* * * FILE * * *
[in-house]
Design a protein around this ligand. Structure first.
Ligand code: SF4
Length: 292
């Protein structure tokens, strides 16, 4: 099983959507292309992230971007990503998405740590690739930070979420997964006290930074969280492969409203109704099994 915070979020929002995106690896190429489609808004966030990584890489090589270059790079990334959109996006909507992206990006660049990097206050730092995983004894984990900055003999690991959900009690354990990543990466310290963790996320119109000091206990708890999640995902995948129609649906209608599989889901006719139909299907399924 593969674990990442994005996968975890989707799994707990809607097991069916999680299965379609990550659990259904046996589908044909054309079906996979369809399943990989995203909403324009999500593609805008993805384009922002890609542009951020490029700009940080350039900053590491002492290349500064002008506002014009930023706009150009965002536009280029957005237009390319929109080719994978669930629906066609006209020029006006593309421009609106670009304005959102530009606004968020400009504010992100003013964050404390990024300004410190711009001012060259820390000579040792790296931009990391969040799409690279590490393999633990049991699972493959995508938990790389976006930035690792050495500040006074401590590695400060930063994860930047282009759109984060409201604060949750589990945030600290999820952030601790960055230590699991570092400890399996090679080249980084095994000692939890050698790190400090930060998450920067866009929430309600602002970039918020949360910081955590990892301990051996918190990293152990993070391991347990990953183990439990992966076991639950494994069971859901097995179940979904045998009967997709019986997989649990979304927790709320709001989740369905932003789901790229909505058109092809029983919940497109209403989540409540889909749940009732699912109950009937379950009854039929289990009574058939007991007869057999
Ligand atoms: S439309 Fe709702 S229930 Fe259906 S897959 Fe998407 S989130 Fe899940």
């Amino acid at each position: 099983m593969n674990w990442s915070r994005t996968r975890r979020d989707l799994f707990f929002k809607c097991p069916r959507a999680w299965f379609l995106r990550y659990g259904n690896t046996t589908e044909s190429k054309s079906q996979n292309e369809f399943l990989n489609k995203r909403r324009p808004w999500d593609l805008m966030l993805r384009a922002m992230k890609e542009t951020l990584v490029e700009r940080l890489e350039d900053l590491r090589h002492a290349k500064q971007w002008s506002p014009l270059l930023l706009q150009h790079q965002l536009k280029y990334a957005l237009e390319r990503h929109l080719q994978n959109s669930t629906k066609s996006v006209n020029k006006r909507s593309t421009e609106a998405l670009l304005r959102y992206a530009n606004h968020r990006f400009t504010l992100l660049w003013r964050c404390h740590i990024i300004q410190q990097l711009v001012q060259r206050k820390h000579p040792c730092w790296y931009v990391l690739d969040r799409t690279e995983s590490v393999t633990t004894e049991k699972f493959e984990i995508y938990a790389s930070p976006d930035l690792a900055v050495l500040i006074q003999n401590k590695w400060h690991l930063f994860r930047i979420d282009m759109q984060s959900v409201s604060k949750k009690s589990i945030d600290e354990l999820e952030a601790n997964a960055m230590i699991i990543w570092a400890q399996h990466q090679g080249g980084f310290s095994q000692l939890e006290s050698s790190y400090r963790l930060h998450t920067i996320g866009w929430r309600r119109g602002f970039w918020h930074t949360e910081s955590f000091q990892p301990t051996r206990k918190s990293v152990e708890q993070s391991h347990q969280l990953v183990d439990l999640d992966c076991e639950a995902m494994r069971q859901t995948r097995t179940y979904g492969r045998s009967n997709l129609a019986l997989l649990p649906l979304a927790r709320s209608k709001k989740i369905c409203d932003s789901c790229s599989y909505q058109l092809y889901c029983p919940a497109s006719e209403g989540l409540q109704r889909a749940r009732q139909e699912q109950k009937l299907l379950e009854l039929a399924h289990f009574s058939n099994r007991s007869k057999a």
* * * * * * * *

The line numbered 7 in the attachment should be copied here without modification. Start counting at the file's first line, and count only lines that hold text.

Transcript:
């Amino acid at each position: 099983m593969n674990w990442s915070r994005t996968r975890r979020d989707l799994f707990f929002k809607c097991p069916r959507a999680w299965f379609l995106r990550y659990g259904n690896t046996t589908e044909s190429k054309s079906q996979n292309e369809f399943l990989n489609k995203r909403r324009p808004w999500d593609l805008m966030l993805r384009a922002m992230k890609e542009t951020l990584v490029e700009r940080l890489e350039d900053l590491r090589h002492a290349k500064q971007w002008s506002p014009l270059l930023l706009q150009h790079q965002l536009k280029y990334a957005l237009e390319r990503h929109l080719q994978n959109s669930t629906k066609s996006v006209n020029k006006r909507s593309t421009e609106a998405l670009l304005r959102y992206a530009n606004h968020r990006f400009t504010l992100l660049w003013r964050c404390h740590i990024i300004q410190q990097l711009v001012q060259r206050k820390h000579p040792c730092w790296y931009v990391l690739d969040r799409t690279e995983s590490v393999t633990t004894e049991k699972f493959e984990i995508y938990a790389s930070p976006d930035l690792a900055v050495l500040i006074q003999n401590k590695w400060h690991l930063f994860r930047i979420d282009m759109q984060s959900v409201s604060k949750k009690s589990i945030d600290e354990l999820e952030a601790n997964a960055m230590i699991i990543w570092a400890q399996h990466q090679g080249g980084f310290s095994q000692l939890e006290s050698s790190y400090r963790l930060h998450t920067i996320g866009w929430r309600r119109g602002f970039w918020h930074t949360e910081s955590f000091q990892p301990t051996r206990k918190s990293v152990e708890q993070s391991h347990q969280l990953v183990d439990l999640d992966c076991e639950a995902m494994r069971q859901t995948r097995t179940y979904g492969r045998s009967n997709l129609a019986l997989l649990p649906l979304a927790r709320s209608k709001k989740i369905c409203d932003s789901c790229s599989y909505q058109l092809y889901c029983p919940a497109s006719e209403g989540l409540q109704r889909a749940r009732q139909e699912q109950k009937l299907l379950e009854l039929a399924h289990f009574s058939n099994r007991s007869k057999a």